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Nikola Corp.’s chief executive officer told a jury he learned only after joining the company that its debut electric truck had neither a gas-powered turbine nor a fuel cell when founder Trevor Milton unveiled it.
Milton, who is on trial for allegedly lying to investors about Nikola’s progress, was prone to exaggerate, CEO Mark Russell told the jurors Sept. 19 in federal court in Manhattan.
Under questioning by the prosecution, Russell said he warned Milton that as the top executive he “should be careful” with his remarks. He told the court that the two agreed Russell would join Nikola, initially as president, only if he would become chief executive when it went public.
After the company listed its shares in June 2020, Russell testified, Milton “would say or do something that I would see and I would have concerns about,” and he would remind the founder that “his public statements would equate to a press release or securities filing.”
The outgoing CEO’s testimony came in the second week of Milton’s trial on securities and wire fraud charges. Accused of duping investors by making inoperable products look fully functional and of lying about the company’s technology and partnerships, Milton faces a maximum prison term of 25 years if convicted of the most serious charge.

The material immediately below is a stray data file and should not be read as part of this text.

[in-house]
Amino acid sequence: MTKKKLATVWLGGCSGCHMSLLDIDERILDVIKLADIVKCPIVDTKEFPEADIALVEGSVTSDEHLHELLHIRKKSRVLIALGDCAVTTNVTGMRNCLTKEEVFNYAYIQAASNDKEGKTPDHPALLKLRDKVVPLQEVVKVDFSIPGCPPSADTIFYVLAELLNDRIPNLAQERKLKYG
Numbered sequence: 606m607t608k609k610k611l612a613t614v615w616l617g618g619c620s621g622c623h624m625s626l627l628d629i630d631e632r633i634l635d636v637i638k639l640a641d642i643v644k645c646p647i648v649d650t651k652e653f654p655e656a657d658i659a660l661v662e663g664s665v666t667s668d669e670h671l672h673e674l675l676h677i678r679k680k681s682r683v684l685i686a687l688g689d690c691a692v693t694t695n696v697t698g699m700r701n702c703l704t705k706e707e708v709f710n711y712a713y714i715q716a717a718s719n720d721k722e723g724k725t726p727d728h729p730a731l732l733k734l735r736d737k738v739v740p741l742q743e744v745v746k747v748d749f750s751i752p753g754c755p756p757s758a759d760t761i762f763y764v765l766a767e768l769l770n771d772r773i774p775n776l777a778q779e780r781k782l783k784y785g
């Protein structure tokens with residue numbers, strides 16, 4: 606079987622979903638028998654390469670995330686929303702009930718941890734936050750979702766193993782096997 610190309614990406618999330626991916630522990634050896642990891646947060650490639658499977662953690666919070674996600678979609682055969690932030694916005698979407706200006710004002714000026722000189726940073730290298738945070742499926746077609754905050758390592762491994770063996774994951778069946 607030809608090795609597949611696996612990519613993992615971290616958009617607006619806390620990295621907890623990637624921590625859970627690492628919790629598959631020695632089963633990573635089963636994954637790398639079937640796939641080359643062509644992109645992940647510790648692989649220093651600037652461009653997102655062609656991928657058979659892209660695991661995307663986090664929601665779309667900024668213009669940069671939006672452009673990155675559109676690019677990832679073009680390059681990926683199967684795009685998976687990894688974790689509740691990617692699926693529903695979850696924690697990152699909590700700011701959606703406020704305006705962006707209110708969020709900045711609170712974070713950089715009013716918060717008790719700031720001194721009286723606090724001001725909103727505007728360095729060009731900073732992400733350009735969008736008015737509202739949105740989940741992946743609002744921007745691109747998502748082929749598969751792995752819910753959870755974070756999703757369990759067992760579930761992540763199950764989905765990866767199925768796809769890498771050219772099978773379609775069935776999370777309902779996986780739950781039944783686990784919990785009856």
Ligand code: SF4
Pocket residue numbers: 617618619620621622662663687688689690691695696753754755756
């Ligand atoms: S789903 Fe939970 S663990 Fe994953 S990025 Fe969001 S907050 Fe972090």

The defense has called the case “a prosecution by distortion,” arguing Milton was just following the company’s marketing plan and never said anything he didn’t believe to be true.
Russell joined Nikola’s management team in February 2019, six months after stepping down as president and chief operating officer of steel products manufacturer and automotive supplier Worthington Industries Inc. He was quickly promoted to CEO just before Nikola’s 2020 listing.
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At the same time, Milton gave up the CEO position and became Nikola’s executive chairman, only to resign from the board abruptly as scrutiny of the company intensified.
Russell’s joining Nikola was something of a reunion with Milton. The two had worked together briefly at Worthington, which had acquired one of Milton’s earlier startups. Russell testified that Milton had resigned from Worthington, telling him that corporate life wasn’t for him and that he was going to start a venture to build the truck of the future.
It was Russell’s understanding that Milton had been working on a natural-gas turbine truck, he told the jury. But on joining Nikola, Russell discovered that its launch truck, unveiled in December 2016, was missing the crucial parts, he said.
Russell announced his retirement last month and will be succeeded by industry veteran Michael Lohscheller, who has served as Nikola’s president since February. Russell will step down by Jan. 1.